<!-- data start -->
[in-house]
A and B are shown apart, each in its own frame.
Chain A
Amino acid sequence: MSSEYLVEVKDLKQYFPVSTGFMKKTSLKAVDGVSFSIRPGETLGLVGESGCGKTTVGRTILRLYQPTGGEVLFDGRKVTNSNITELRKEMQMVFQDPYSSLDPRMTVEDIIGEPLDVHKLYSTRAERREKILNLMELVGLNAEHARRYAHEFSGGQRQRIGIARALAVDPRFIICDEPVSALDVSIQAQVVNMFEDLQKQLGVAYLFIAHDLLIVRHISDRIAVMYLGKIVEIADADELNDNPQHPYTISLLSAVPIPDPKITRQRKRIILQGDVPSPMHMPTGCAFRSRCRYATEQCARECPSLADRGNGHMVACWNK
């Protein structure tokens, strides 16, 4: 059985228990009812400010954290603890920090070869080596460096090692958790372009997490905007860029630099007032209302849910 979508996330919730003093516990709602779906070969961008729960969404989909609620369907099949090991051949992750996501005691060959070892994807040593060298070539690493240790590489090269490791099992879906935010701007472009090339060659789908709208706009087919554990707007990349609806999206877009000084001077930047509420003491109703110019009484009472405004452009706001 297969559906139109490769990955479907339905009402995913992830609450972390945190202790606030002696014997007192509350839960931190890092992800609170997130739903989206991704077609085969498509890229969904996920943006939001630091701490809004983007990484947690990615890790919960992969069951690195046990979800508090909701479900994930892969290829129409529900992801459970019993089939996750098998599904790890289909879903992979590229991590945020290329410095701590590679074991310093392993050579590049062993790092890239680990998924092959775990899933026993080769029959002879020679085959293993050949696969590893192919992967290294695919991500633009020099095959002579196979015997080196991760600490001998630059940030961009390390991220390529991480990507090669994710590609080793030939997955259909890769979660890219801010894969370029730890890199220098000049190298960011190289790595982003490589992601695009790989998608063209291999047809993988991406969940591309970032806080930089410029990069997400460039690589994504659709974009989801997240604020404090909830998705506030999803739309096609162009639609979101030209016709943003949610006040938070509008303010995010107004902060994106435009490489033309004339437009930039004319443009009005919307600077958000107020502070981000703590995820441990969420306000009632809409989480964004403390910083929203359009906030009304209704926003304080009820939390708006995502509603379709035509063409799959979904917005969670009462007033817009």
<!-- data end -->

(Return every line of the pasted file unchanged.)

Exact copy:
[in-house]
A and B are shown apart, each in its own frame.
Chain A
Amino acid sequence: MSSEYLVEVKDLKQYFPVSTGFMKKTSLKAVDGVSFSIRPGETLGLVGESGCGKTTVGRTILRLYQPTGGEVLFDGRKVTNSNITELRKEMQMVFQDPYSSLDPRMTVEDIIGEPLDVHKLYSTRAERREKILNLMELVGLNAEHARRYAHEFSGGQRQRIGIARALAVDPRFIICDEPVSALDVSIQAQVVNMFEDLQKQLGVAYLFIAHDLLIVRHISDRIAVMYLGKIVEIADADELNDNPQHPYTISLLSAVPIPDPKITRQRKRIILQGDVPSPMHMPTGCAFRSRCRYATEQCARECPSLADRGNGHMVACWNK
């Protein structure tokens, strides 16, 4: 059985228990009812400010954290603890920090070869080596460096090692958790372009997490905007860029630099007032209302849910 979508996330919730003093516990709602779906070969961008729960969404989909609620369907099949090991051949992750996501005691060959070892994807040593060298070539690493240790590489090269490791099992879906935010701007472009090339060659789908709208706009087919554990707007990349609806999206877009000084001077930047509420003491109703110019009484009472405004452009706001 297969559906139109490769990955479907339905009402995913992830609450972390945190202790606030002696014997007192509350839960931190890092992800609170997130739903989206991704077609085969498509890229969904996920943006939001630091701490809004983007990484947690990615890790919960992969069951690195046990979800508090909701479900994930892969290829129409529900992801459970019993089939996750098998599904790890289909879903992979590229991590945020290329410095701590590679074991310093392993050579590049062993790092890239680990998924092959775990899933026993080769029959002879020679085959293993050949696969590893192919992967290294695919991500633009020099095959002579196979015997080196991760600490001998630059940030961009390390991220390529991480990507090669994710590609080793030939997955259909890769979660890219801010894969370029730890890199220098000049190298960011190289790595982003490589992601695009790989998608063209291999047809993988991406969940591309970032806080930089410029990069997400460039690589994504659709974009989801997240604020404090909830998705506030999803739309096609162009639609979101030209016709943003949610006040938070509008303010995010107004902060994106435009490489033309004339437009930039004319443009009005919307600077958000107020502070981000703590995820441990969420306000009632809409989480964004403390910083929203359009906030009304209704926003304080009820939390708006995502509603379709035509063409799959979904917005969670009462007033817009």